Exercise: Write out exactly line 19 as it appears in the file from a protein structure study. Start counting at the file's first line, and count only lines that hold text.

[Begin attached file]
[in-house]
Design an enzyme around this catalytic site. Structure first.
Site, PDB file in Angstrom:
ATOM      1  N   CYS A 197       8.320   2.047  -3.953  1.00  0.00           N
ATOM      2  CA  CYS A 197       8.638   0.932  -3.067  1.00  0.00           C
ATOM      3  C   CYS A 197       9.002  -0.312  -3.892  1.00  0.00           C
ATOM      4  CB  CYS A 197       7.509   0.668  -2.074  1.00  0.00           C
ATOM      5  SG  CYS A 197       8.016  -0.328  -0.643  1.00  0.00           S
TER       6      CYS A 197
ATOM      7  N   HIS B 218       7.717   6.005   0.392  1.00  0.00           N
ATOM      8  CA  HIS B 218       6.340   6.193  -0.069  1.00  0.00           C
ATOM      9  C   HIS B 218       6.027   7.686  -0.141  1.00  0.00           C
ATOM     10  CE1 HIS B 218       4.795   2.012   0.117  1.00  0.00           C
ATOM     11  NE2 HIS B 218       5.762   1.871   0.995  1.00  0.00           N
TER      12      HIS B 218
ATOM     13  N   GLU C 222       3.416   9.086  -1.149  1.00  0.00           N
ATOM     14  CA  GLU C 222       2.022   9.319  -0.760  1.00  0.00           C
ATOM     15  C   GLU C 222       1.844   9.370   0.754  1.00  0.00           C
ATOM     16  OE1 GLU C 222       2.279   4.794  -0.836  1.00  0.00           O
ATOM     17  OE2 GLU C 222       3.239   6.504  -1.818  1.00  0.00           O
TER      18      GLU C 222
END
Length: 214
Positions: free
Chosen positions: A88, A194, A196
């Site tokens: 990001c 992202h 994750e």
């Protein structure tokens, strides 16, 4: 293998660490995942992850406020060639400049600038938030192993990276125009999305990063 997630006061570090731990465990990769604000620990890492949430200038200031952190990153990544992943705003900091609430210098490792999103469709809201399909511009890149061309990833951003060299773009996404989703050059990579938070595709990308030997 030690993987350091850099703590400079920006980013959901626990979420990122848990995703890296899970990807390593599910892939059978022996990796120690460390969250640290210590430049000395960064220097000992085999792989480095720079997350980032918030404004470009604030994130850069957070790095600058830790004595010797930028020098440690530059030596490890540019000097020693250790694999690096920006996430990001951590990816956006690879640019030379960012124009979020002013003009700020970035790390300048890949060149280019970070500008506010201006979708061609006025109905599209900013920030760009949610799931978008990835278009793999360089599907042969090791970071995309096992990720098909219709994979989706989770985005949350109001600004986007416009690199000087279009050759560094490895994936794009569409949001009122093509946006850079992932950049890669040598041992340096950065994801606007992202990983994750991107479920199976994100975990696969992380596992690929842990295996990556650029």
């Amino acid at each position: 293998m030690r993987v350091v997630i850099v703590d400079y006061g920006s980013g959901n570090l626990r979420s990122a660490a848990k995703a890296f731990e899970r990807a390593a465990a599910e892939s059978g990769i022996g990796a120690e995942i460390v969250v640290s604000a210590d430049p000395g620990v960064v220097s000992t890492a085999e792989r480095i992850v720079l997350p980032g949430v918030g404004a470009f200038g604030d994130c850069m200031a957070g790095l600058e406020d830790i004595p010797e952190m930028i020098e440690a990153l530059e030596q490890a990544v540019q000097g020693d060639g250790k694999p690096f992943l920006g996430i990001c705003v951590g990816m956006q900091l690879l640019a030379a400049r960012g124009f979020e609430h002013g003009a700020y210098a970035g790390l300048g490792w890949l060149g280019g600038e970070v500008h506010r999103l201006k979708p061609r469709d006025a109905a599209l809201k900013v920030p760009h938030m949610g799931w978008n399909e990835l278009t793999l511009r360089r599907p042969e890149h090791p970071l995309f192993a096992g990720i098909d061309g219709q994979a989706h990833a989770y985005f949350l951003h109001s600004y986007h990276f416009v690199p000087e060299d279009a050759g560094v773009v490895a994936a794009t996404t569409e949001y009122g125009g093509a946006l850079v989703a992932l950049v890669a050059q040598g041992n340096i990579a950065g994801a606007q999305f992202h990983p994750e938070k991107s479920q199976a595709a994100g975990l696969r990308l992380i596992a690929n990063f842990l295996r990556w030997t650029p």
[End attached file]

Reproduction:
ATOM     16  OE1 GLU C 222       2.279   4.794  -0.836  1.00  0.00           O